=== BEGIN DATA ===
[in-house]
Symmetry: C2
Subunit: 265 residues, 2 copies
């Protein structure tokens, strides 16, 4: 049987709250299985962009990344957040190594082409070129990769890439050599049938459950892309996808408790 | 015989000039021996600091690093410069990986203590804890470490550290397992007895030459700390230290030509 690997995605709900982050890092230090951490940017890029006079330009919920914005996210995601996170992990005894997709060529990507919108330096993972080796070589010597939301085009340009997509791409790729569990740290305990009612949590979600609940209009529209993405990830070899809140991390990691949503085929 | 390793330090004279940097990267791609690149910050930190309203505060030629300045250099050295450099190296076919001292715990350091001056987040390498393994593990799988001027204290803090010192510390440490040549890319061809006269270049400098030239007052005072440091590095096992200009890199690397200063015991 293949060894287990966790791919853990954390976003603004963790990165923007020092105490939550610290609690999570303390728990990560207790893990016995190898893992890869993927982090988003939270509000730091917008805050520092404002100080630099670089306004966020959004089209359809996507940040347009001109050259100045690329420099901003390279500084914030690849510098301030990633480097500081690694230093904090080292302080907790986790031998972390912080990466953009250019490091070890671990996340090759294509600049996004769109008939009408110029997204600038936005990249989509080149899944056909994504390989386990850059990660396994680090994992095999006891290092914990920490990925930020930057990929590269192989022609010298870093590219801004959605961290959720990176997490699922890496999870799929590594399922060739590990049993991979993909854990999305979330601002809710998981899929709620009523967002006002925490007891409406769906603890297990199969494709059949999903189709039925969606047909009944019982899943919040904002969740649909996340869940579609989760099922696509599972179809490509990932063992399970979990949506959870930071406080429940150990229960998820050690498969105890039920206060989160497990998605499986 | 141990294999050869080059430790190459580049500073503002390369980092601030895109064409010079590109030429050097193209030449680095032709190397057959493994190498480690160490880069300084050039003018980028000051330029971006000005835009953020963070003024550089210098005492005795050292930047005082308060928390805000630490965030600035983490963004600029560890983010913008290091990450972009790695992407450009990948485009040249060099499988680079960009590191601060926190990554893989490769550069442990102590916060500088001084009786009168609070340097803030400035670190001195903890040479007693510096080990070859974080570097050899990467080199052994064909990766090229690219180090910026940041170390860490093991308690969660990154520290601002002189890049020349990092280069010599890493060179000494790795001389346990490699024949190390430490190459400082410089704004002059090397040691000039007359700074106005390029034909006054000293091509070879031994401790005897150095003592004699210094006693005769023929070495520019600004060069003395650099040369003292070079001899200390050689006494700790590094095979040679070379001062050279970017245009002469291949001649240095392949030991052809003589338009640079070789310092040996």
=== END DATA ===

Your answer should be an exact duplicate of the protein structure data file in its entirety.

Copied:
[in-house]
Symmetry: C2
Subunit: 265 residues, 2 copies
């Protein structure tokens, strides 16, 4: 049987709250299985962009990344957040190594082409070129990769890439050599049938459950892309996808408790 | 015989000039021996600091690093410069990986203590804890470490550290397992007895030459700390230290030509 690997995605709900982050890092230090951490940017890029006079330009919920914005996210995601996170992990005894997709060529990507919108330096993972080796070589010597939301085009340009997509791409790729569990740290305990009612949590979600609940209009529209993405990830070899809140991390990691949503085929 | 390793330090004279940097990267791609690149910050930190309203505060030629300045250099050295450099190296076919001292715990350091001056987040390498393994593990799988001027204290803090010192510390440490040549890319061809006269270049400098030239007052005072440091590095096992200009890199690397200063015991 293949060894287990966790791919853990954390976003603004963790990165923007020092105490939550610290609690999570303390728990990560207790893990016995190898893992890869993927982090988003939270509000730091917008805050520092404002100080630099670089306004966020959004089209359809996507940040347009001109050259100045690329420099901003390279500084914030690849510098301030990633480097500081690694230093904090080292302080907790986790031998972390912080990466953009250019490091070890671990996340090759294509600049996004769109008939009408110029997204600038936005990249989509080149899944056909994504390989386990850059990660396994680090994992095999006891290092914990920490990925930020930057990929590269192989022609010298870093590219801004959605961290959720990176997490699922890496999870799929590594399922060739590990049993991979993909854990999305979330601002809710998981899929709620009523967002006002925490007891409406769906603890297990199969494709059949999903189709039925969606047909009944019982899943919040904002969740649909996340869940579609989760099922696509599972179809490509990932063992399970979990949506959870930071406080429940150990229960998820050690498969105890039920206060989160497990998605499986 | 141990294999050869080059430790190459580049500073503002390369980092601030895109064409010079590109030429050097193209030449680095032709190397057959493994190498480690160490880069300084050039003018980028000051330029971006000005835009953020963070003024550089210098005492005795050292930047005082308060928390805000630490965030600035983490963004600029560890983010913008290091990450972009790695992407450009990948485009040249060099499988680079960009590191601060926190990554893989490769550069442990102590916060500088001084009786009168609070340097803030400035670190001195903890040479007693510096080990070859974080570097050899990467080199052994064909990766090229690219180090910026940041170390860490093991308690969660990154520290601002002189890049020349990092280069010599890493060179000494790795001389346990490699024949190390430490190459400082410089704004002059090397040691000039007359700074106005390029034909006054000293091509070879031994401790005897150095003592004699210094006693005769023929070495520019600004060069003395650099040369003292070079001899200390050689006494700790590094095979040679070379001062050279970017245009002469291949001649240095392949030991052809003589338009640079070789310092040996």